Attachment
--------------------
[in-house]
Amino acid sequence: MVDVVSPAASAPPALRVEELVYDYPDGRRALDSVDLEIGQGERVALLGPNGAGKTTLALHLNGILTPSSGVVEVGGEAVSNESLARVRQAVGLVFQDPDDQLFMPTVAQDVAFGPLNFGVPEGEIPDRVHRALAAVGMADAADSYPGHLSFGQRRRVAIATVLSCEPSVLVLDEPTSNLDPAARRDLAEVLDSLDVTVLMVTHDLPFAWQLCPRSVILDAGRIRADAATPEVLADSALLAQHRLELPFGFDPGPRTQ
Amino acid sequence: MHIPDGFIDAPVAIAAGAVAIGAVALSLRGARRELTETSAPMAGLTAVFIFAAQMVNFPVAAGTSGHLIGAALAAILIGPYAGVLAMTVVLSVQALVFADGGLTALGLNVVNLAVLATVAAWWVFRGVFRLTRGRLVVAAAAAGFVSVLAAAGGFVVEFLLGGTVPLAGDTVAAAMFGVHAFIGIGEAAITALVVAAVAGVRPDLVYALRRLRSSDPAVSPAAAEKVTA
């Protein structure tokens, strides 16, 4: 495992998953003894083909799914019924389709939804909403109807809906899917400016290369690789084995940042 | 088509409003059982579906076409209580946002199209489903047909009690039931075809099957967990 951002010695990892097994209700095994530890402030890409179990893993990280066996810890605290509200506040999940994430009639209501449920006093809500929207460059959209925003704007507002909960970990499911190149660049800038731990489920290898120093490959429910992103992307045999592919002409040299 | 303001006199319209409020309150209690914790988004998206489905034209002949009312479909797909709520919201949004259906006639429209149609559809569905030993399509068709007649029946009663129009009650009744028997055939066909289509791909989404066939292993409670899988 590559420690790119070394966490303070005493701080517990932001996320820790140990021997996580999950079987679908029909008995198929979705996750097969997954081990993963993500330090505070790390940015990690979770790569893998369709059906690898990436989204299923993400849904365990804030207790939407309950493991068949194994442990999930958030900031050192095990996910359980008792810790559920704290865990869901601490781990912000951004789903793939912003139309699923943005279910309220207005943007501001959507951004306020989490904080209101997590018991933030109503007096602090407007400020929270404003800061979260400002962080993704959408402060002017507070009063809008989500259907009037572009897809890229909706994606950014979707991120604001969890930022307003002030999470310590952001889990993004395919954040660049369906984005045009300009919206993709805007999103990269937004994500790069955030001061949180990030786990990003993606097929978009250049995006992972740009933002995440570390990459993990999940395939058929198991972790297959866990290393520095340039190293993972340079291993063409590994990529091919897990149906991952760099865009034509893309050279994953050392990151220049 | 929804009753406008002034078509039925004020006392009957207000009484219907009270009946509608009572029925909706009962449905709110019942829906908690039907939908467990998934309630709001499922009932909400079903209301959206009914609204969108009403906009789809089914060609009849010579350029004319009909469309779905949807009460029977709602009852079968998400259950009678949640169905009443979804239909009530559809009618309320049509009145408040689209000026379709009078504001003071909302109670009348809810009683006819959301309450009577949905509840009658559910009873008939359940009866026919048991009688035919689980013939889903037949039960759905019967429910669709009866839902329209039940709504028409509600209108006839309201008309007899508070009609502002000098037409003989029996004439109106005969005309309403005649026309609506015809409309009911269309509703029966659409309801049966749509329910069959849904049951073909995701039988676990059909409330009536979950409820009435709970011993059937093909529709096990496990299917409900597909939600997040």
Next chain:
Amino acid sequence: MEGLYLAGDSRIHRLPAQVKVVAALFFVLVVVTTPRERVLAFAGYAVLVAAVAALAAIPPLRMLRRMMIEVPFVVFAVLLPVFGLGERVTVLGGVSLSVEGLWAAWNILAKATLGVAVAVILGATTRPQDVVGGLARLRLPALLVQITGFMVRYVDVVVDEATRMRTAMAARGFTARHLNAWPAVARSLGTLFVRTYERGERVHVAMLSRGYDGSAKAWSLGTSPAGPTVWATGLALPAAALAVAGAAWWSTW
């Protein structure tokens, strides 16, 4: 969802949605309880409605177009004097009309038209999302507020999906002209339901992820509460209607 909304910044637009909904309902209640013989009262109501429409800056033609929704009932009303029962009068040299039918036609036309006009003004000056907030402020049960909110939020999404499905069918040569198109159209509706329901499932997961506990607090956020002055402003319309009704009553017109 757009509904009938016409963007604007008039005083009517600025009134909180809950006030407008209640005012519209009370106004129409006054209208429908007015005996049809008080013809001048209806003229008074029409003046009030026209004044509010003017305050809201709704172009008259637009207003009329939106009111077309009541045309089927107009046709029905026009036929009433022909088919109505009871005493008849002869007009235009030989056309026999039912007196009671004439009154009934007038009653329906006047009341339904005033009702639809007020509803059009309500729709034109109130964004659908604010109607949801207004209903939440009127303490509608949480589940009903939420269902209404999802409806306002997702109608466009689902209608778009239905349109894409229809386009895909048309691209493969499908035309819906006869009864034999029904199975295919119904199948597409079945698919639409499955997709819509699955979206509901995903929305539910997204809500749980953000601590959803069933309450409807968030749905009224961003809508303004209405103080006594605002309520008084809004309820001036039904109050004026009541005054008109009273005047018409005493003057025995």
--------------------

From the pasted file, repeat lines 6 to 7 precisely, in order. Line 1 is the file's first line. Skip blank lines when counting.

Amino acid sequence: MEGLYLAGDSRIHRLPAQVKVVAALFFVLVVVTTPRERVLAFAGYAVLVAAVAALAAIPPLRMLRRMMIEVPFVVFAVLLPVFGLGERVTVLGGVSLSVEGLWAAWNILAKATLGVAVAVILGATTRPQDVVGGLARLRLPALLVQITGFMVRYVDVVVDEATRMRTAMAARGFTARHLNAWPAVARSLGTLFVRTYERGERVHVAMLSRGYDGSAKAWSLGTSPAGPTVWATGLALPAAALAVAGAAWWSTW
């Protein structure tokens, strides 16, 4: 969802949605309880409605177009004097009309038209999302507020999906002209339901992820509460209607 909304910044637009909904309902209640013989009262109501429409800056033609929704009932009303029962009068040299039918036609036309006009003004000056907030402020049960909110939020999404499905069918040569198109159209509706329901499932997961506990607090956020002055402003319309009704009553017109 757009509904009938016409963007604007008039005083009517600025009134909180809950006030407008209640005012519209009370106004129409006054209208429908007015005996049809008080013809001048209806003229008074029409003046009030026209004044509010003017305050809201709704172009008259637009207003009329939106009111077309009541045309089927107009046709029905026009036929009433022909088919109505009871005493008849002869007009235009030989056309026999039912007196009671004439009154009934007038009653329906006047009341339904005033009702639809007020509803059009309500729709034109109130964004659908604010109607949801207004209903939440009127303490509608949480589940009903939420269902209404999802409806306002997702109608466009689902209608778009239905349109894409229809386009895909048309691209493969499908035309819906006869009864034999029904199975295919119904199948597409079945698919639409499955997709819509699955979206509901995903929305539910997204809500749980953000601590959803069933309450409807968030749905009224961003809508303004209405103080006594605002309520008084809004309820001036039904109050004026009541005054008109009273005047018409005493003057025995």